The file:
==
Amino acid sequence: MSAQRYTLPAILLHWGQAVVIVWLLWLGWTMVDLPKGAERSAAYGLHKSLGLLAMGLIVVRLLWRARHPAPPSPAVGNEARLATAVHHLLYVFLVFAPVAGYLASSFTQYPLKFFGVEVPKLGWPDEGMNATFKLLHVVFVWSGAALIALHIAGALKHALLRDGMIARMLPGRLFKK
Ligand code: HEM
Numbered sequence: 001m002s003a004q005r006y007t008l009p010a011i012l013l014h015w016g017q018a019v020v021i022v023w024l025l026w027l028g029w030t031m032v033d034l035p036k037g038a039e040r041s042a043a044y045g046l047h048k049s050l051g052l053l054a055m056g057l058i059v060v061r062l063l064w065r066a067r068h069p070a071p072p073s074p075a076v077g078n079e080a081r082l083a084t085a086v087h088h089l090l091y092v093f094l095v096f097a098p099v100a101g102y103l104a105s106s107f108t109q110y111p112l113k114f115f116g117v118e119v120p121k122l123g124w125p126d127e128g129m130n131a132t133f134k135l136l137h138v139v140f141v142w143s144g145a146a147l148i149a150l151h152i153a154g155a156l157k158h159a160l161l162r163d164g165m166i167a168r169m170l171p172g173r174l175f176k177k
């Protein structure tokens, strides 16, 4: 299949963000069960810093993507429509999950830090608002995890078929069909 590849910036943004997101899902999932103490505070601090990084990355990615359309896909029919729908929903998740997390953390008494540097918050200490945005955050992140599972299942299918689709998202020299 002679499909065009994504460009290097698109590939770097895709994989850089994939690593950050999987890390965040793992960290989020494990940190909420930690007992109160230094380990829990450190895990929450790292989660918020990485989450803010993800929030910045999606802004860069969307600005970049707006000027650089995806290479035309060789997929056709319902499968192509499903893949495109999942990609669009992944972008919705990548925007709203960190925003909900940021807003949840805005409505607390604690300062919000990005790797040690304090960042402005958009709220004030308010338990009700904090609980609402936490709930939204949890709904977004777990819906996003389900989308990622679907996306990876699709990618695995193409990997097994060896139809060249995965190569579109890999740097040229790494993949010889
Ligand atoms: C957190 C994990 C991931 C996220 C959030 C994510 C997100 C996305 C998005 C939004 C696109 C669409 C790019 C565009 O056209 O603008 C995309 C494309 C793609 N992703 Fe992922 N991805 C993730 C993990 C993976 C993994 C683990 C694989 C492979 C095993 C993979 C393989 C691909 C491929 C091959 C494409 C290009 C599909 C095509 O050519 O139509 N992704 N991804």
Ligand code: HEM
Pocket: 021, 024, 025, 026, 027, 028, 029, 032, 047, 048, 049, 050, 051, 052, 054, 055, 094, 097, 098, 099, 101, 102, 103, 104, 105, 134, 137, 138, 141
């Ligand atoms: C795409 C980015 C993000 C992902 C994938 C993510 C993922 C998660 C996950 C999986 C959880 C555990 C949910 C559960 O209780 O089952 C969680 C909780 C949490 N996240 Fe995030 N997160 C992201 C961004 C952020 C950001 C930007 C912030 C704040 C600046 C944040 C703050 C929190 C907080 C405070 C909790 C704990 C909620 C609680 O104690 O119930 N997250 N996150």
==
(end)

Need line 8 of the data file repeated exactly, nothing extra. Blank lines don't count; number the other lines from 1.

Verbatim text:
């Ligand atoms: C795409 C980015 C993000 C992902 C994938 C993510 C993922 C998660 C996950 C999986 C959880 C555990 C949910 C559960 O209780 O089952 C969680 C909780 C949490 N996240 Fe995030 N997160 C992201 C961004 C952020 C950001 C930007 C912030 C704040 C600046 C944040 C703050 C929190 C907080 C405070 C909790 C704990 C909620 C609680 O104690 O119930 N997250 N996150």